Beyond St. Augustine
To follow the footsteps of the Spanish conquistadors who came to North America some 500 years ago, sometimes water routes are necessary. And that's how I found myself rowing on the Econfina Creek in northwest Florida.
After seeing how the Panfilo de Narvaez expedition reached Florida in 1528 — from a modern deck boat that landed in St. Petersburg — I also wanted to see how some of its survivors escaped Florida and the arrows of its natives, this time from the perspective of a canoe!
"During that time, some of the party went to the coves and inlets for seafood, and the Indians surprised them twice, killing 10 of our men in plain view of the camp, without our being able to prevent it," wrote one of the survivors, Alvar Nunez Cabeza de Vaca. "We found them shot through and through with arrows, for, although several wore good armor, it was not sufficient to protect them, since, as I said before, they shot their arrows with such force and precision ... "
The conquistadors escaped from that area on Indian canoes and barges they built to make their way back to the Gulf of Mexico. "We sailed seven days among those inlets, in the water waist deep, without signs of anything like the coast," Cabeza de Vaca reported in his 1542 book, "La Relacion" ( The Account).
And when they finally reached the Gulf, many of them — including de Narvaez — were swept away by strong currents, never to be seen again.
I did it for four hours, on a rented canoe, and covered only seven miles of their creek journey, never reaching the Gulf. I only had to worry about mosquitos, spiders that kept falling off the trees and into the canoe, water moccasins, and heat exhaustion.
But my friend and travel companion Gustavo Villageliu kept putting it in proper context. "If you think this is hard," Gustavo kept repeating, "imagine doing this with arrows coming at you from both sides of the creek."
Yet that was the reason we were there! While others were frolicking in Florida wildlife, we were going back in time to gain a better understanding of the hardships endured by North America's first European explorers. For those who also want to imagine what that was like, I've posted a short video of our canoe journey on my Hidden Hispanic Heritage Facebook blog (facebook.com/HiddenHispanicHeritage), and on this page.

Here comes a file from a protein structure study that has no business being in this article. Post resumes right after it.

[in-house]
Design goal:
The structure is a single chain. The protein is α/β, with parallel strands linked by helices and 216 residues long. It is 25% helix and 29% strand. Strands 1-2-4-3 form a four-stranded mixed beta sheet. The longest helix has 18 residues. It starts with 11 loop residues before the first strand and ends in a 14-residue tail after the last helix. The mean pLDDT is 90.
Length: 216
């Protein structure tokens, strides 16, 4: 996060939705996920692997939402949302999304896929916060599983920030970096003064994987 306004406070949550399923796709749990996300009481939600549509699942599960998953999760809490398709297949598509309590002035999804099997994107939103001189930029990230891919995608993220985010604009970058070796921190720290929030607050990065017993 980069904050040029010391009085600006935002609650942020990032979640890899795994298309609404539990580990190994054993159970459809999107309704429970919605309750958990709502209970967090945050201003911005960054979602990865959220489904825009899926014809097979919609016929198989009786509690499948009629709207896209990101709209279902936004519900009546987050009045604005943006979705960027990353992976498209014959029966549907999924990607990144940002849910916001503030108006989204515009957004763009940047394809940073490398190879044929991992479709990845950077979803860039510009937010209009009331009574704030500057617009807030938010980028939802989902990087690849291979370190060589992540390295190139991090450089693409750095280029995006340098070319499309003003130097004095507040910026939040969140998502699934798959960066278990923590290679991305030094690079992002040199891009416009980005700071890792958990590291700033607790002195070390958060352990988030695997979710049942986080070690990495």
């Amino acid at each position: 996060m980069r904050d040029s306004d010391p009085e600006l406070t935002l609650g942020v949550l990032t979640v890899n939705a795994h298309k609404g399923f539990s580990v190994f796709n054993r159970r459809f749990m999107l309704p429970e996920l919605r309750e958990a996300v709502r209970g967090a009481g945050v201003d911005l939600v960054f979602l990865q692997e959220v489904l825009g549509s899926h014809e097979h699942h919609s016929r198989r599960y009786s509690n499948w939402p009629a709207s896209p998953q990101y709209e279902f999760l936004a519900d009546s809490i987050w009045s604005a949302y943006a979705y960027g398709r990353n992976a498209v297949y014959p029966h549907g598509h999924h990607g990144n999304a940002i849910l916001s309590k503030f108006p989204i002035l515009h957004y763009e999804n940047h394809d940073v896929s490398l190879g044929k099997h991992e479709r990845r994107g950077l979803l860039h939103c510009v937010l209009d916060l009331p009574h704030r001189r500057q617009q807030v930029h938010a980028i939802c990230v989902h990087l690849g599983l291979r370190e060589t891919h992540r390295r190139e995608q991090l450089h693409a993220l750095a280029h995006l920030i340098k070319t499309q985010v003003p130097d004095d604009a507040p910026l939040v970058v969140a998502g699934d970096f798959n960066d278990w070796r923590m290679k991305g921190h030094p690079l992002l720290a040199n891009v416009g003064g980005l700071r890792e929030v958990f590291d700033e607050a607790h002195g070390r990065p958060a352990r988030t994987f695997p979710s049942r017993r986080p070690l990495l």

But it was time to continue on the Great Hispanic American History Tour, and nearby, on his smartphone's GPS, Gustavo had located the site of Ellicott's Observatory, where a sign explains that the border between Florida and Georgia has Hispanic roots.
"At the end of the American Revolutionary War in 1783, Florida was returned to Spain after 20 years of British control," the sign says. "Controversy soon arose over the exact location of the boundary between Spanish Florida and the state of Georgia. In 1795, Spain and the United States signed the Treaty of San Lorenzo, an agreement fixing the boundary in question at the thirty-first parallel and providing a survey to be made to determine the exact location of that line. In May, 1796, President George Washington appointed Andrew Ellicot, a mathematician and experienced surveyor, as the American Commissioner for the survey. After much delay, work got underway in June, 1798. A party of Spanish and American surveyors carrying with them a large accumulation of apparatus required for making astronomical and land measurements began the task of determining the exact boundary line ... "
It was a quick roadside stop, but it proved that sometimes even our state boundary lines are part of our hidden Hispanic heritage. Gustavo and I took a few pictures and kept on moving because we were anxious to get to a treasure trove of Hispanic history in "America's First Settlement."
No, not St. Augustine! Whenever I post photos of the Hispanic landmarks we have visited on this trip on our Facebook blog, someone always assumes that I must be in St. Augustine. And whenever I post a photo of a conquistador statue, someone assumes it must be Ponce de Leon.
Yet, although I have been to St. Augustine and written about its history many times, I have not gone there on this trip, because my quest is to make people see the hidden Hispanic heritage that is beyond St. Augustine and de Leon.
For the record: Although the first British colony, Jamestown, Virgina (1607), deceptively calls itself "America's Birthplace," and St. Augustine (1565), was established 42 years earlier, it is Pensacola, Florida (1559), that rightfully claims the title of "America's First Colony."
In Pensacola, Gustavo and I were pleased to find a city that proudly promotes its Hispanic heritage.